This is Up and Down, where we give a brief thumbs up and thumbs down on the issues from the past week.
It took two tries, but the North Dakota Senate approved a bill tightening the state’s seat belt law. After the bill failed on a tie vote last Monday, it passed Tuesday after Sen. Scott Meyer, R-Grand Forks, asked for reconsideration. He had missed the Monday vote and his vote changed the outcome. Senate Bill 2060 makes the seat belt law a primary one, giving law enforcement the ability to stop and cite motorists not using a belt. The bill now goes to the House and the Tribune favors passage of SB2060. It’s another step to make our roads safer.
Electronic cigarette use among youth continues to rise in North Dakota and Minnesota. "This is an epidemic now and I expect the numbers to skyrocket," said Neil Charvat, director of the North Dakota Tobacco Prevention and Control Program. The most recent data from 2017 show that rate of use among North Dakota high school students has jumped to more than 20 percent. That’s a disturbing trend and indicates a lot of work needs to be done to curb use.
Jenna Clawson Huibregtse has been working in a fairly new position as the cultural liaison officer for the Highway Patrol. The goal of the job is to help the patrol improve relationships with all cultural groups within the state.The position involves leading cultural awareness training for the law enforcement academy, developing collaborative agreements with tribal law enforcement agencies and working on recruitment. Huibregtse is a good fit for the job because of her background in cultural anthropology and law enforcement. The patrol should be commended for creating the job.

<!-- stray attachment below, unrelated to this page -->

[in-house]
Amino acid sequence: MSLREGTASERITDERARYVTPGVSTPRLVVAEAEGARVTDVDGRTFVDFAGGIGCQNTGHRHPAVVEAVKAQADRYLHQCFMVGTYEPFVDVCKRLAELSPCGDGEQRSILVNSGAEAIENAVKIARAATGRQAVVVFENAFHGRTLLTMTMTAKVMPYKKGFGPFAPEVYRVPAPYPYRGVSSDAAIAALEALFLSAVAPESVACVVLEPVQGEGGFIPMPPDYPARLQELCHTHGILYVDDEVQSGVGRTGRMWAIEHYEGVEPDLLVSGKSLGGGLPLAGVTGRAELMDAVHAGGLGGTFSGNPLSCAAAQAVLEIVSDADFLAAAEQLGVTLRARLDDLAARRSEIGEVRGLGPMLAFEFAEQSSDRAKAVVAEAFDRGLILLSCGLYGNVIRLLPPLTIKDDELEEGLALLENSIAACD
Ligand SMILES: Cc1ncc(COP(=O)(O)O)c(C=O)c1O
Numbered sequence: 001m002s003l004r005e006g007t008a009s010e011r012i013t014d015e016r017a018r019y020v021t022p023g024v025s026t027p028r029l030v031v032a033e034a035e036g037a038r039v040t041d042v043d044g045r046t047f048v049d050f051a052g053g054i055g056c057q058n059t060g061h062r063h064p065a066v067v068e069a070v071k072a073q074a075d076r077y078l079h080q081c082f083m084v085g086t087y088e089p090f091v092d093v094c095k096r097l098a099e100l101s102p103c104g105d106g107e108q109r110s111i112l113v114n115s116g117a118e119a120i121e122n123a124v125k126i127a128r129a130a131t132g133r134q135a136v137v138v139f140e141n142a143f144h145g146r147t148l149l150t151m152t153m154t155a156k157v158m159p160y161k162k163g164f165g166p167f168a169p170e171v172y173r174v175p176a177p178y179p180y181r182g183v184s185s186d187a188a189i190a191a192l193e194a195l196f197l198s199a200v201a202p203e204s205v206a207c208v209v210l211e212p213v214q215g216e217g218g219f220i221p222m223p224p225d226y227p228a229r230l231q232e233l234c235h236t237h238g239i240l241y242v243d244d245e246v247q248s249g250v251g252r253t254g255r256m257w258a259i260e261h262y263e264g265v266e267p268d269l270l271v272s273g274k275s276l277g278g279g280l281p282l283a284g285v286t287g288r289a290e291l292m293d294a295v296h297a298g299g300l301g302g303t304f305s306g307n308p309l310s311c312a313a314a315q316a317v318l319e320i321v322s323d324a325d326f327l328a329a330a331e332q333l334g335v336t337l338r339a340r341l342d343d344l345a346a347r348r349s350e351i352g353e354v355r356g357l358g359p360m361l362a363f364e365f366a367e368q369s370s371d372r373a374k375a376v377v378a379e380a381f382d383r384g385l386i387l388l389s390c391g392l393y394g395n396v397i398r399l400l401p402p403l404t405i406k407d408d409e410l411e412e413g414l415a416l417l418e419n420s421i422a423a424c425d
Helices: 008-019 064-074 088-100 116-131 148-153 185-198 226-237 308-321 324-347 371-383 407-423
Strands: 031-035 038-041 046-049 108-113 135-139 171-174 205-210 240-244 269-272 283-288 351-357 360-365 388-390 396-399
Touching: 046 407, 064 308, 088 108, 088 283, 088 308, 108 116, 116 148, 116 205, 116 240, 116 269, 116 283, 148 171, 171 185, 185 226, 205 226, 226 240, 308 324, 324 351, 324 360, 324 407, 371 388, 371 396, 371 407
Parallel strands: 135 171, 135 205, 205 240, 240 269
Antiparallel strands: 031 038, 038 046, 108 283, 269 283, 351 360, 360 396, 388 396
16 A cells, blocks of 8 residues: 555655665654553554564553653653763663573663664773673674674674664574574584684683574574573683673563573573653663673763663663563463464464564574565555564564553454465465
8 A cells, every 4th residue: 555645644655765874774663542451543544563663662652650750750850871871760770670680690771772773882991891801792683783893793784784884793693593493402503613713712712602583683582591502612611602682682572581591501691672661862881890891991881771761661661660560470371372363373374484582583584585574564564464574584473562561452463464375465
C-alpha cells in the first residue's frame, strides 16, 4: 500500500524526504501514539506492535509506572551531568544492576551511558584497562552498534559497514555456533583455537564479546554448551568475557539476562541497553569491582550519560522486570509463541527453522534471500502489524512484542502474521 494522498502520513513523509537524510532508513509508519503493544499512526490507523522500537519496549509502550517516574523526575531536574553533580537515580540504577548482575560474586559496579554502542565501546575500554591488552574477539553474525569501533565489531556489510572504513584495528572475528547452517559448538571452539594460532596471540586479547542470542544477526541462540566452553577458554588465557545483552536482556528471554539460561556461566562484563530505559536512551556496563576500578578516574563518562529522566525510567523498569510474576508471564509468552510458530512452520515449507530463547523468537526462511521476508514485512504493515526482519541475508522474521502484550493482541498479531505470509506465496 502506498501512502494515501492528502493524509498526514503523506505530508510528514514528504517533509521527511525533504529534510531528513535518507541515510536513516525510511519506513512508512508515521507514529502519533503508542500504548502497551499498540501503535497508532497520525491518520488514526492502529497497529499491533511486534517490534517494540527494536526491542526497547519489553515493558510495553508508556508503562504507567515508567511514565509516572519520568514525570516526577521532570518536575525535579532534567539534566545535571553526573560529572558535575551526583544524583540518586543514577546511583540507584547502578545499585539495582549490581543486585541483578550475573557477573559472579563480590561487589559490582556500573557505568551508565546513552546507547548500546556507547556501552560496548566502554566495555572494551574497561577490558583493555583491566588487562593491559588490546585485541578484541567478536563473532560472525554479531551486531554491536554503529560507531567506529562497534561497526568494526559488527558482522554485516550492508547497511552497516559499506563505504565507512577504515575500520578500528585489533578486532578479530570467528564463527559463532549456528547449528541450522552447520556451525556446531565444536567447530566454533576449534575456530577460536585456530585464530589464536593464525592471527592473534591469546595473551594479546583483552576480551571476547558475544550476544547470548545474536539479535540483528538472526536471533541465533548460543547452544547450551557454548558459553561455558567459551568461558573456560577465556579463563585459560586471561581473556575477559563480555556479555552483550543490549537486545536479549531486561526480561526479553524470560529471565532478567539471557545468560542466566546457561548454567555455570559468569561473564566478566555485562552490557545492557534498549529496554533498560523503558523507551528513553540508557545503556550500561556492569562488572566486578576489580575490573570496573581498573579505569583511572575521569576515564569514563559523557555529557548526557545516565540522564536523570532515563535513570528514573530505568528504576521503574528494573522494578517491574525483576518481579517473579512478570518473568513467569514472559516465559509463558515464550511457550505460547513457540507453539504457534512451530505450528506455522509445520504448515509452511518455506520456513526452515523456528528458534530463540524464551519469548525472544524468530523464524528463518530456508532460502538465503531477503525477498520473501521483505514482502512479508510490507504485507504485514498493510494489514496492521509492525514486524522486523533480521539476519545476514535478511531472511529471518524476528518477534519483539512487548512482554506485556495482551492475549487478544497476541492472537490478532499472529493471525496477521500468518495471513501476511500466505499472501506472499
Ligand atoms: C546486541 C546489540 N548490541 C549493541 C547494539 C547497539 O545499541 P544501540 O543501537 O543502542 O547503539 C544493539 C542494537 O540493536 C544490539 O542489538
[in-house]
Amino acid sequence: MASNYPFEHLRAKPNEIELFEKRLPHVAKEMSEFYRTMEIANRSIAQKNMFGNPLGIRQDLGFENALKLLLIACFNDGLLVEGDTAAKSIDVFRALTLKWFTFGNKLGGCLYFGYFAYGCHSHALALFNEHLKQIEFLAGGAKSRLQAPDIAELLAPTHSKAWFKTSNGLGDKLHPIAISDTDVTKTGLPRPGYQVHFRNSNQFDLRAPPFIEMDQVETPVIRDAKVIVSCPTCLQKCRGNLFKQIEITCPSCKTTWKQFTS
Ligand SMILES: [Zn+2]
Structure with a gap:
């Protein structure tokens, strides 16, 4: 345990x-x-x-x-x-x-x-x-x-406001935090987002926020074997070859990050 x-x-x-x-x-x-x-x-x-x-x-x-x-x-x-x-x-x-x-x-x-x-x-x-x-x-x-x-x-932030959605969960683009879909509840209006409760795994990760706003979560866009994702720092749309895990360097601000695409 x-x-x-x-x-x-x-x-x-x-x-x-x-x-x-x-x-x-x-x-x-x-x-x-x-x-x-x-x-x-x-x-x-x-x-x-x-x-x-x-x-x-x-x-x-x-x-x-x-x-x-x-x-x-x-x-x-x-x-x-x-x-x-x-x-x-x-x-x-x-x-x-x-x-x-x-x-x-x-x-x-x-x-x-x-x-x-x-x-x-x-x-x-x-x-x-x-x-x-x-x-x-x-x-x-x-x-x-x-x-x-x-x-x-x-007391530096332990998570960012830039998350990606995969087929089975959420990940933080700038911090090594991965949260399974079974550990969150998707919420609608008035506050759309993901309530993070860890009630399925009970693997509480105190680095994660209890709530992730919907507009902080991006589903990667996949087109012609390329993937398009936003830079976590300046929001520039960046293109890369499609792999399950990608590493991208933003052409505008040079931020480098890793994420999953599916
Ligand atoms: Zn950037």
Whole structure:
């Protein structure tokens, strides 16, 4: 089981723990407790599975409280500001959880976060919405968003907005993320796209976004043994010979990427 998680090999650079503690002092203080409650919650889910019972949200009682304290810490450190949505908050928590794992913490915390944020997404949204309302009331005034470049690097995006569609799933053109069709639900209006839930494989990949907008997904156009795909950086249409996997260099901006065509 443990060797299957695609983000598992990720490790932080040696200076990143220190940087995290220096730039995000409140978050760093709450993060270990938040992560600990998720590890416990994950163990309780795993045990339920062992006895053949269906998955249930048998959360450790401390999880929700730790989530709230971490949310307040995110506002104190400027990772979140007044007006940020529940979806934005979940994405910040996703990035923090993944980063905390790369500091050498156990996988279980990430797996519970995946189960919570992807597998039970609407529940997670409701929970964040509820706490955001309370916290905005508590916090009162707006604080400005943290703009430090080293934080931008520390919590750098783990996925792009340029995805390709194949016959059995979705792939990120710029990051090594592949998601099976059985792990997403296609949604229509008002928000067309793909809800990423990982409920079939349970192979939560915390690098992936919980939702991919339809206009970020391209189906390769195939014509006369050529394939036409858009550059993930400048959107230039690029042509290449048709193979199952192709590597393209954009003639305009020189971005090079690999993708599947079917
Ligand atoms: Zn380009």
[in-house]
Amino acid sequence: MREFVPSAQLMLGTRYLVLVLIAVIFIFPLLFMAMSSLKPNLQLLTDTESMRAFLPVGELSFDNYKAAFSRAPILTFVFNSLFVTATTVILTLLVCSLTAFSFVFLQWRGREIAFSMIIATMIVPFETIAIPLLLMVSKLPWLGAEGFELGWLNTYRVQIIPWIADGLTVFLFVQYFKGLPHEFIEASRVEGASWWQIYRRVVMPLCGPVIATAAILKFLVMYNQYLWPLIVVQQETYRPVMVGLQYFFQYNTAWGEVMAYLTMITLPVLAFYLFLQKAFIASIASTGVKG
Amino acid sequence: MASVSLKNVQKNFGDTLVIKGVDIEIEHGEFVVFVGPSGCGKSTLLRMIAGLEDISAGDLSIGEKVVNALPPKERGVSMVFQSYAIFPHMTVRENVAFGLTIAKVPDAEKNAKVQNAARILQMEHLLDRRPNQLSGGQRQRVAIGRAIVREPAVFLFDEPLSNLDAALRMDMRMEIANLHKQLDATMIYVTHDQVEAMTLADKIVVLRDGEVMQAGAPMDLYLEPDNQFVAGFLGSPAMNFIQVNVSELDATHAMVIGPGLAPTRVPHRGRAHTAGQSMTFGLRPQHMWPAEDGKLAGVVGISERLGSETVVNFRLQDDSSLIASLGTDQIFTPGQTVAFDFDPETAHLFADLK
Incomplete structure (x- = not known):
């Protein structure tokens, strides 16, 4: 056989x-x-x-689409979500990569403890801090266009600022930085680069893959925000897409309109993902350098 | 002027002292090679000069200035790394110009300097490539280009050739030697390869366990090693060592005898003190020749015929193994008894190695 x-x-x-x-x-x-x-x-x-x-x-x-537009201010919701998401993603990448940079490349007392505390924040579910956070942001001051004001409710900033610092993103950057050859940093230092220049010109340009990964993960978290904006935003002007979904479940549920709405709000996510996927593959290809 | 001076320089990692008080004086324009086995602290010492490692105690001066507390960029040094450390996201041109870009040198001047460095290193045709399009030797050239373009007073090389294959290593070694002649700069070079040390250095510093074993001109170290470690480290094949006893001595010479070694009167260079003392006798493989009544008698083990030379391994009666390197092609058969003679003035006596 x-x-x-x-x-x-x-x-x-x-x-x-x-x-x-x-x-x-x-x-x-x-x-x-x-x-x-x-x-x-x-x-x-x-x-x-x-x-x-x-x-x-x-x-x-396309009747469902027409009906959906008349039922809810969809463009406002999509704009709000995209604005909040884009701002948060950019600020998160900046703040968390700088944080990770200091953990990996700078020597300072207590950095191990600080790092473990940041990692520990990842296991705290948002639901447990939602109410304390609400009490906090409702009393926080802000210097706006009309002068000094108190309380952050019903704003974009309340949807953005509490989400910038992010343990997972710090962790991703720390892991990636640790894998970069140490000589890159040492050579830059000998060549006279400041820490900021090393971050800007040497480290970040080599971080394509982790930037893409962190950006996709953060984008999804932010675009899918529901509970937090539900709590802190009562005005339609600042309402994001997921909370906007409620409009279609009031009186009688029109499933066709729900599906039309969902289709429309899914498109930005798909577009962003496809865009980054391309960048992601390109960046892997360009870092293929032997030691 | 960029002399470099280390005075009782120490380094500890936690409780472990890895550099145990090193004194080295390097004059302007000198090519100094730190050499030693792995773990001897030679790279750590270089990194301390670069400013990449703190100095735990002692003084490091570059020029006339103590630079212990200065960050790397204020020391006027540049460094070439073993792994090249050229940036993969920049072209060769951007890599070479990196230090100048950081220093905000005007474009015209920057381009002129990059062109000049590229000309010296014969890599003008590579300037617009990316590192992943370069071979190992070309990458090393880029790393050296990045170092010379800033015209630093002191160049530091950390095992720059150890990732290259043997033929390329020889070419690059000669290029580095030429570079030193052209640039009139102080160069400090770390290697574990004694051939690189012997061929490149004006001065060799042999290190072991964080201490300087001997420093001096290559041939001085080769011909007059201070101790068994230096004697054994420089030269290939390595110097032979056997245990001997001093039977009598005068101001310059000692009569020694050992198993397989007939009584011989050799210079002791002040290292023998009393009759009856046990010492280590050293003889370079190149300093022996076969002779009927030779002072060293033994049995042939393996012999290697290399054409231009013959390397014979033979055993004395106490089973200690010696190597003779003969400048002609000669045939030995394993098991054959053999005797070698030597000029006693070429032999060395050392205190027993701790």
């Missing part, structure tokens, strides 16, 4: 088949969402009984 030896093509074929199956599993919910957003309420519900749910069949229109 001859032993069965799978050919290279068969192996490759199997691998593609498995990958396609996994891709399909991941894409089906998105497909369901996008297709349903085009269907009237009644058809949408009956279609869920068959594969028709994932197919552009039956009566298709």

Personal freedom should be a priority, but so should the health of children. House Bill 1274 would have banned smoking in a vehicle with a child younger than 9. The House rejected the bill last week, 31-57. Young children likely don’t realize the health risk of secondhand smoking and don’t object when smoking occurs in a confined vehicle. It’s unfortunate that a law might be needed to stop the practice, but that’s the case. Apparently we need to do a better job of educating the public on the dangers of smoking and how to avoid harming those who don’t smoke.
The North Dakota Department of Transportation is taking another step to make the state’s highways safer. This summer the DOT will begin installing high-tension cable median barriers along parts of Interstate 94 around Fargo and Bismarck, and Interstate 29 in the Grand Forks area. The barriers keep vehicles traveling at highway speeds from going across the median and into oncoming traffic. They have been proven to have limited accidents and saved lives. The federal government is paying 90 percent of the costs. More barriers will be installed in 2020 and 2021. It’s another smart move by DOT.